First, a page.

On the internet, nobody knows you're a dog — apart from maybe Facebook. The company is looking into how it can recognize people even if they're not logged into the social network. The patent outlines some more obvious ways — such as cookies that follow your browser around the web — as well as some deeper tracking, such as remembering logged-in users' MAC addresses, IP addresses, device serial numbers and device model numbers. Very little stays secret online these days.

Microsoft

Turning someone into a chatbot

This is a concept I'm endlessly fascinated by. I wrote a very long story about the idea of turning all your digital correspondence with another person into a simulacrum of that person and the nature of humanity, and whether we are more than the sum of our digital parts. Turns out, Microsoft appears to be exploring that very question itself. This patent envisions a system for taking digital content from a person ("images, voice data, social media posts, electronic messages, written letters," the patent says) and using machine learning to train a chatbot on replicating how that person would sound. Is this the future of customer service or a really creepy way to honor loved ones who've died? Maybe both!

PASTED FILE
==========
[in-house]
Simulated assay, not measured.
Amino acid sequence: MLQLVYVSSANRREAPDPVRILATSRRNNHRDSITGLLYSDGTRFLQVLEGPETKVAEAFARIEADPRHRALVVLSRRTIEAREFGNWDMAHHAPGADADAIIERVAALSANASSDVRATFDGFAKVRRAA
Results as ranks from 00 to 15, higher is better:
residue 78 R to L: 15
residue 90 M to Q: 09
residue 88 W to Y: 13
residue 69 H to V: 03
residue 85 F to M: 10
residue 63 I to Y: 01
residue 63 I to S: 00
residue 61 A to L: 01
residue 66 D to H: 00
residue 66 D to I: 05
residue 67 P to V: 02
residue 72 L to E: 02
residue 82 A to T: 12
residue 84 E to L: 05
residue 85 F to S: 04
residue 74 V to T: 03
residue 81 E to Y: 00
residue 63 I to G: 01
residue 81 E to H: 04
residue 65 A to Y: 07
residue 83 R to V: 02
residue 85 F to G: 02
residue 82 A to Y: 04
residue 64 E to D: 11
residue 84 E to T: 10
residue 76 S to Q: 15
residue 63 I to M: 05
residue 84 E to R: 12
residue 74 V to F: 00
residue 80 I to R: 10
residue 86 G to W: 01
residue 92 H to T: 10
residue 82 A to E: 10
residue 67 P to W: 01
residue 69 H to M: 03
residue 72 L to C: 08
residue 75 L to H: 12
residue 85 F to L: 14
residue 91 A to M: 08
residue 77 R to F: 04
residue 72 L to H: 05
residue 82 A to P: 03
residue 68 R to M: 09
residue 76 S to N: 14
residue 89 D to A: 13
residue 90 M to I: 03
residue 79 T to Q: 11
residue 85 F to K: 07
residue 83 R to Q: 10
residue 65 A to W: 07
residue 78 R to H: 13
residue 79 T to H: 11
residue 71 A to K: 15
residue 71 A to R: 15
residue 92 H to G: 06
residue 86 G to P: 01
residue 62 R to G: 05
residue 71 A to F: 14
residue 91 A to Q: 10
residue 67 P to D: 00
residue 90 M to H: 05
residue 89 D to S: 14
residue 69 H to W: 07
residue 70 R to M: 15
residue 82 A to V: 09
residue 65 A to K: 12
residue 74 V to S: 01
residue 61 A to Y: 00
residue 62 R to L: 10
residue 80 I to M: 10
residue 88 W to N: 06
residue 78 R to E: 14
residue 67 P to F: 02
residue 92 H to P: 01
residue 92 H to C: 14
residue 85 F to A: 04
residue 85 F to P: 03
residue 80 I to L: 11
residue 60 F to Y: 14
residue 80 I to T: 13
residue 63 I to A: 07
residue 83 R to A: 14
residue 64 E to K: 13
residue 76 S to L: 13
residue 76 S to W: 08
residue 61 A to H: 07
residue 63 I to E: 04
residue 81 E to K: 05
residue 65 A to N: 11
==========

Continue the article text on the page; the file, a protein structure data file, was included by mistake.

Combatting "notification blindness"

If you're not extremely ornery like me, you've probably given up trying to maintain inbox zero and keep all the apps on your phone free of unread notifications. You'll have probably missed a few important notifications in the sea of spam emails, meeting invites, podcast reminders and whatever else pings your phone each day. Microsoft is working on determining the likelihood that displaying a notification badge will cause a user to either read the notification and do something about it, or to turn notifications off for that app entirely (something I do with merciless frequency). If the system decides it's more likely that they'll turn notifications off altogether, it might not show a badge.

Playing basketball on your own